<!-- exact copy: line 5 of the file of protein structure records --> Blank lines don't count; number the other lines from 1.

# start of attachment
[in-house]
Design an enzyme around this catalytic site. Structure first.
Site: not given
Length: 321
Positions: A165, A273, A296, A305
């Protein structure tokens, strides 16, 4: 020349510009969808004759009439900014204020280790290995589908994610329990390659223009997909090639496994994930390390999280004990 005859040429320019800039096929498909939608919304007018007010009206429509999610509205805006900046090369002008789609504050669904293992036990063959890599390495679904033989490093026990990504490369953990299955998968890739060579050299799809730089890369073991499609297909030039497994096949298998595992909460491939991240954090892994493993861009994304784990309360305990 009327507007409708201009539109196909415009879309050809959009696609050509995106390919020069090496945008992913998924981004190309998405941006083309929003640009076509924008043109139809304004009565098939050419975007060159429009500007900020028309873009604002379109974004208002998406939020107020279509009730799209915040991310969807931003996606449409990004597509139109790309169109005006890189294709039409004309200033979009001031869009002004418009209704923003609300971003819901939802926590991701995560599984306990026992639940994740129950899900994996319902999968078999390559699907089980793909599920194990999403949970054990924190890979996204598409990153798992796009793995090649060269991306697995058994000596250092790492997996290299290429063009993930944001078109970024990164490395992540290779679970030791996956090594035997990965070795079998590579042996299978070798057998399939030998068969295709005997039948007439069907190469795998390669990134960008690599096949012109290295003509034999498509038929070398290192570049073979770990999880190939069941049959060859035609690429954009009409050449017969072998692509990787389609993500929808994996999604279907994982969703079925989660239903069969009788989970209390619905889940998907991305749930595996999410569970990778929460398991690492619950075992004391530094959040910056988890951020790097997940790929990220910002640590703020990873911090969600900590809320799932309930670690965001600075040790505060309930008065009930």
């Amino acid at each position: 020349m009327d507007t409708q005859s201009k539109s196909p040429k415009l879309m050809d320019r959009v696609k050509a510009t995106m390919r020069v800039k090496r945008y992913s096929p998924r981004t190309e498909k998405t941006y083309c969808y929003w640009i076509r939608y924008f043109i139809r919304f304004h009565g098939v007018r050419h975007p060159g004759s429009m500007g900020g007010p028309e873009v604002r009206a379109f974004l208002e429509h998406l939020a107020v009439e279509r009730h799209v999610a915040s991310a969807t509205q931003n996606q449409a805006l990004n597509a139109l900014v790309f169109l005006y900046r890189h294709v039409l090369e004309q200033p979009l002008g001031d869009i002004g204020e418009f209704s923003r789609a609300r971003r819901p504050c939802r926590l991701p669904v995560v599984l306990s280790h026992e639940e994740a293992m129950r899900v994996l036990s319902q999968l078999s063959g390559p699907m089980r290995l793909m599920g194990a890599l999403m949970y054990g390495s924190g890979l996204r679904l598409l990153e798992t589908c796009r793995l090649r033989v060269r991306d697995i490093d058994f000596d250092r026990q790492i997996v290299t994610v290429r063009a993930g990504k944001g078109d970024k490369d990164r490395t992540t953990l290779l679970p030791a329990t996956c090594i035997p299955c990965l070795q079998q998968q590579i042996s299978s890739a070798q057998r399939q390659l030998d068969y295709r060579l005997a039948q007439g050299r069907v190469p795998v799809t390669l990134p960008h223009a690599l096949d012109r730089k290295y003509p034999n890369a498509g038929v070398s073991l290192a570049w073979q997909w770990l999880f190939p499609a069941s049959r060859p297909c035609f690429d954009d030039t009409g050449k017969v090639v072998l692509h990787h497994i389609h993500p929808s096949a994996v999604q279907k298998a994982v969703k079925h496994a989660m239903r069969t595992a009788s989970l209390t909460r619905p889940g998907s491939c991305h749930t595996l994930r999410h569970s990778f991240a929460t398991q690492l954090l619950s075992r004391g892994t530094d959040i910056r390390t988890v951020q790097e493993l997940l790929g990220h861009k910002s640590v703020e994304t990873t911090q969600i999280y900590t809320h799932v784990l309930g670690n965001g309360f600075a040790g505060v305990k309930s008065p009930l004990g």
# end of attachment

Positions: A165, A273, A296, A305